The boom in American oil and natural gas is helping the U.S. economy and its contributions could substantially increase by the end of the decade, says a study released Wednesday by several major players in the fossil-fuel industry.
But that boost, the report warns, comes with a caveat: Regulations on hydraulic fracturing could stifle those gains and push the industry’s economic benefits below even today’s levels.
The study, conducted by Colorado-based IHS Inc. for several trade associations, looks at the economic impact of “unconventional” oil and gas, energy sources extracted by using techniques other than traditional drilling. One example, hydraulic fracturing, is used in North Dakota’s Bakken formation has helped spark the oil boom there, but has also been criticized for its environmental impact.
The economic benefits of unconventionally extracted fuels are significant, the study says. Among its findings:
- More than 2 million workers are supported by their production, and that number could hit 3.3 million by 2020.
- The industry’s contribution to gross domestic product was $284 billion in 2012, and could clear $468 billion by the end of the decade.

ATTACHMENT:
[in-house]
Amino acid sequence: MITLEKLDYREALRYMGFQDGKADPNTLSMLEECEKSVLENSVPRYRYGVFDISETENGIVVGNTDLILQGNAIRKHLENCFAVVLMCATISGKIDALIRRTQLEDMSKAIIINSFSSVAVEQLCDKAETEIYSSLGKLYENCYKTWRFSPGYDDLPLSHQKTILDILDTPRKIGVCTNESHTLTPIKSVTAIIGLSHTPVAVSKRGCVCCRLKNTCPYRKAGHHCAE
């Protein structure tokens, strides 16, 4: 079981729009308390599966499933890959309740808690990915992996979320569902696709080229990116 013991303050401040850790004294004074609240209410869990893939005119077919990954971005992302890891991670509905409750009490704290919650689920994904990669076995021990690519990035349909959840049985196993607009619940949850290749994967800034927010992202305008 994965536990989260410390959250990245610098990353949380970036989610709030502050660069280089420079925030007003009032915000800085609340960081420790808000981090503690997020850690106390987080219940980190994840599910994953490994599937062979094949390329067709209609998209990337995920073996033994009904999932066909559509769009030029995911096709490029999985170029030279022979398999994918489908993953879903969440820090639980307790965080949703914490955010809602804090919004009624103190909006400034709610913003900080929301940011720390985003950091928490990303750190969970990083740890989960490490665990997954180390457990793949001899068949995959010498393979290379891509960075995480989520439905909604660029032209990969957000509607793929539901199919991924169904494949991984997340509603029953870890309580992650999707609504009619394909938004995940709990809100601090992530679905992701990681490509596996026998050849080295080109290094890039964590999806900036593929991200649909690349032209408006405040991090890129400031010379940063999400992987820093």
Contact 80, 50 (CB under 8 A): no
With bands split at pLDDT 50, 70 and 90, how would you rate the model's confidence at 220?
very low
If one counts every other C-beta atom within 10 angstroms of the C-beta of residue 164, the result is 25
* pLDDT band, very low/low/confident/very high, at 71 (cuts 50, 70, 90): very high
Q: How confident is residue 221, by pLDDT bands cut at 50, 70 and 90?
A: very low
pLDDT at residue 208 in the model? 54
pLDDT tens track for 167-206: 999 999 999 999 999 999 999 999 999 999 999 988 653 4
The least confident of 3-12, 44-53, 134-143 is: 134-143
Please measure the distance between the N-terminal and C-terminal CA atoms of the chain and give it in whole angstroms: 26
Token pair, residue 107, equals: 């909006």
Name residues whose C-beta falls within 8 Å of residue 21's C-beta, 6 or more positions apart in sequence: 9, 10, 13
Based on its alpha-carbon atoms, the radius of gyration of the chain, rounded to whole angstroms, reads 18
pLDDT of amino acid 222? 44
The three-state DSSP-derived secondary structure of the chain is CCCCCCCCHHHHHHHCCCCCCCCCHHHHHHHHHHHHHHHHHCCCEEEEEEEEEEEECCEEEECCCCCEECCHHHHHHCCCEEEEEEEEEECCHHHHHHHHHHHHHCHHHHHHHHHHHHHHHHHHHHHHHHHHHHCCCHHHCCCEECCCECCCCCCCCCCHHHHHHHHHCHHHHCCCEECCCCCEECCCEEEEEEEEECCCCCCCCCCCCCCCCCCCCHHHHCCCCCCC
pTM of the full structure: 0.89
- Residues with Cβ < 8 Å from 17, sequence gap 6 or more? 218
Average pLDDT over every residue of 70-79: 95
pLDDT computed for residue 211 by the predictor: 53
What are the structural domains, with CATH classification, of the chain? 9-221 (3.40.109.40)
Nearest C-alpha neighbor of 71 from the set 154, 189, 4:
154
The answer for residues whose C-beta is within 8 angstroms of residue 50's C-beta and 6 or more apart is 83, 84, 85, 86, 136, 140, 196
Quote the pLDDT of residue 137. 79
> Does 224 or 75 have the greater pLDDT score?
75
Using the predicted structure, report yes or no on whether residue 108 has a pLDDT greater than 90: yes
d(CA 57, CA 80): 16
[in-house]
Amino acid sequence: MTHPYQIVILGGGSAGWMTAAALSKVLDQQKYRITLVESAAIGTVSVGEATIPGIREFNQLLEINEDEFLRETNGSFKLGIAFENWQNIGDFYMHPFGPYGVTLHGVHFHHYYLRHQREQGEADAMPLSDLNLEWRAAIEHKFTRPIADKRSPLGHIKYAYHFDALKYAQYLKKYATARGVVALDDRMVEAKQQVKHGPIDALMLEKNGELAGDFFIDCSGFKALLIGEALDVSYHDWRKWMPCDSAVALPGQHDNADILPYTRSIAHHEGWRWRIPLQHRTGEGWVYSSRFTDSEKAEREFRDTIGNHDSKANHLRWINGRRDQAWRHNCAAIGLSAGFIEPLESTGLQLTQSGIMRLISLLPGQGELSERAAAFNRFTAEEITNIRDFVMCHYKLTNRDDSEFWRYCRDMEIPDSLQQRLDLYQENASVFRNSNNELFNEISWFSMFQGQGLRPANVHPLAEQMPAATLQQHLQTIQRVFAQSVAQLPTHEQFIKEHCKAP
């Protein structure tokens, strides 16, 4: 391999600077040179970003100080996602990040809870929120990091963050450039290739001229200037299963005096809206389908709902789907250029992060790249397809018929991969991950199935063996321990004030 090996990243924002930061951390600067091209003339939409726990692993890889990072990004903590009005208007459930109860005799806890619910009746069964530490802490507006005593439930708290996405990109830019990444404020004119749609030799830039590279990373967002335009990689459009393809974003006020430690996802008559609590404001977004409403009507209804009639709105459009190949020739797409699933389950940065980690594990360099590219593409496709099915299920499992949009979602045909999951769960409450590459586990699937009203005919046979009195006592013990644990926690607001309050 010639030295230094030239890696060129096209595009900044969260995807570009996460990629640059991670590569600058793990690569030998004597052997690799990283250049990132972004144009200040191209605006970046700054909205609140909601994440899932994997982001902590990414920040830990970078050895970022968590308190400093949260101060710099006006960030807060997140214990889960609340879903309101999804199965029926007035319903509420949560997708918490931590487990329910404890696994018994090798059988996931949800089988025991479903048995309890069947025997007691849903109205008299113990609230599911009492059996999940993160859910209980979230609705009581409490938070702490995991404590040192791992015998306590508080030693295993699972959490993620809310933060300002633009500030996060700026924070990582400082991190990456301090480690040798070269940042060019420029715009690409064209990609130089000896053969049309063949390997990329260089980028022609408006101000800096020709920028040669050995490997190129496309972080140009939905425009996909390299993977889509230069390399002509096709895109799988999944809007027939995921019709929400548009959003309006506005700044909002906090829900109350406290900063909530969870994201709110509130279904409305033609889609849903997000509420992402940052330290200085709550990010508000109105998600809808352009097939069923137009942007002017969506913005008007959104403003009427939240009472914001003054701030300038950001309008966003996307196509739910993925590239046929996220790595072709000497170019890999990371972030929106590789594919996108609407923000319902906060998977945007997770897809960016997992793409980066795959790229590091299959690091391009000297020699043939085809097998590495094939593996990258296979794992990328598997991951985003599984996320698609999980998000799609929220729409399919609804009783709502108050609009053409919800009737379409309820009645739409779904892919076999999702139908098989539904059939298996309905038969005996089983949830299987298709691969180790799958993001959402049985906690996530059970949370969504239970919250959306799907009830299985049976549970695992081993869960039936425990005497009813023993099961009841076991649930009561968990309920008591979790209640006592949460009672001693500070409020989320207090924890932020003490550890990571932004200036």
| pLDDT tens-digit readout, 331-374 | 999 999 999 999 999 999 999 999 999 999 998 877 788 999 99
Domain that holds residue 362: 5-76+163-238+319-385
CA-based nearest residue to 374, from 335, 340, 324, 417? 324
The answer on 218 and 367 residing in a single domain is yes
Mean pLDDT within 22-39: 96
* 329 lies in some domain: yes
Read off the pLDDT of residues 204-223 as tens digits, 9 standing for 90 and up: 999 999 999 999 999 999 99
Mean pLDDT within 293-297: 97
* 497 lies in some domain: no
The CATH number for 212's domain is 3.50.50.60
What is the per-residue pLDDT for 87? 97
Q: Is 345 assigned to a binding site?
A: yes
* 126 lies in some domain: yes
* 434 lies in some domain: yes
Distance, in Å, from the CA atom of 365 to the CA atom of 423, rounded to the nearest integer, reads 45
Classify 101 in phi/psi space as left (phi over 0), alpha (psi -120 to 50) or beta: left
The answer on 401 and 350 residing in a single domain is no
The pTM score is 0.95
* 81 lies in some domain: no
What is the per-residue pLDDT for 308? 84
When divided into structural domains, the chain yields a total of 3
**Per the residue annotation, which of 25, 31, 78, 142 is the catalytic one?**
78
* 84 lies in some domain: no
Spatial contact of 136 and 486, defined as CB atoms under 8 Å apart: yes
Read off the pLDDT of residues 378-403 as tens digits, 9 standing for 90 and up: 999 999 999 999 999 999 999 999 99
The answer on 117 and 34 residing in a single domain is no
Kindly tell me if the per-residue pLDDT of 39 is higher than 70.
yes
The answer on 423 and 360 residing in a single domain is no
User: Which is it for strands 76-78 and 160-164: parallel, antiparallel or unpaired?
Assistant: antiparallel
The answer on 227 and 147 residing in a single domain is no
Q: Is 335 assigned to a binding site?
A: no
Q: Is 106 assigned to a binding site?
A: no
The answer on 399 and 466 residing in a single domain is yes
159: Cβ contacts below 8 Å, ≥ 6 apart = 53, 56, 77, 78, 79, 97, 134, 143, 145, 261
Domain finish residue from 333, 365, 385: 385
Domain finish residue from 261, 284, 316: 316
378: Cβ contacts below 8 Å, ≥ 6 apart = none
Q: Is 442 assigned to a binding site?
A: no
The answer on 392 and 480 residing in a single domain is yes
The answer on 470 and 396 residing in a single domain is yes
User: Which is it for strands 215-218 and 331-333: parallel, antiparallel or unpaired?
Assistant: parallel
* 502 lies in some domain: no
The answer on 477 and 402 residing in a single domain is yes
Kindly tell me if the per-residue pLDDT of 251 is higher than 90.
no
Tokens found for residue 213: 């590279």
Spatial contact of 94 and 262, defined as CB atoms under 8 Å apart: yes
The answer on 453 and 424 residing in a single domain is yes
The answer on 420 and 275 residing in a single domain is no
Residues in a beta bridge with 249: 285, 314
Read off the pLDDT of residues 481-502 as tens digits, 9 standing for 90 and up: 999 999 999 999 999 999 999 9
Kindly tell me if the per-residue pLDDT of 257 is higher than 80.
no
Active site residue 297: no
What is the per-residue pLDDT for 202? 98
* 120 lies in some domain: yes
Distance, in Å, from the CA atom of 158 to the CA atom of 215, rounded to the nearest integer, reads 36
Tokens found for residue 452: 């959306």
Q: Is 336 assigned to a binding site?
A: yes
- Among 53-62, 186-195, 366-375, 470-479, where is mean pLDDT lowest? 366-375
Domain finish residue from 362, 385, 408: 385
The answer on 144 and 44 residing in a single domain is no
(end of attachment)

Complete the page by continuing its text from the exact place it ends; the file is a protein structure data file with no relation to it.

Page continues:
- State and federal governments collected $74 billion in tax revenues from unconventional oil and gas in 2012; that number could surpass $125 billion by 2020.
- The industry was responsible for $1,200 in disposable income per household nationaide in 2012; that number could near $3,000 by 2020.
But that extra money in consumers’ pockets (and the government’s) isn’t guaranteed. The study’s predictions get much more dire as it factors in potential restrictions on land use or extraction methods. Supported jobs, it estimates, would fall to 1.2 million by 2020, a loss of 2.1 million jobs. GDP contribution, estimated to exceed 3 percent, would drop to less than 1 percent. And for the average consumer? The oil-and-gas-created disposable income, estimated to be above $2,500 for 2020, could drop below $500.
Backers of the study included the American Petroleum Institute, America’s Natural Gas Alliance, the Natural Gas Supply Association, the U.S. Chamber of Commerce, and the American Chemistry Council.
In a statement accompanying the study, ISH Economics Vice President John Larson emphasized the industry’s benefit to the consumer. The study “puts the unconventional revolution in context as an important but little understood pocketbook issue for all Americans,” he said.
The American Petroleum Institute added its own statement on the economic dangers of imposing more regulations. “To unlock our full manufacturing potential, those in Washington must turn aside efforts that would impose duplicative regulations on shale development, raise production costs, and limit access to domestic resources,” said Kyle Isakower, API vice president for policy and economic analysis.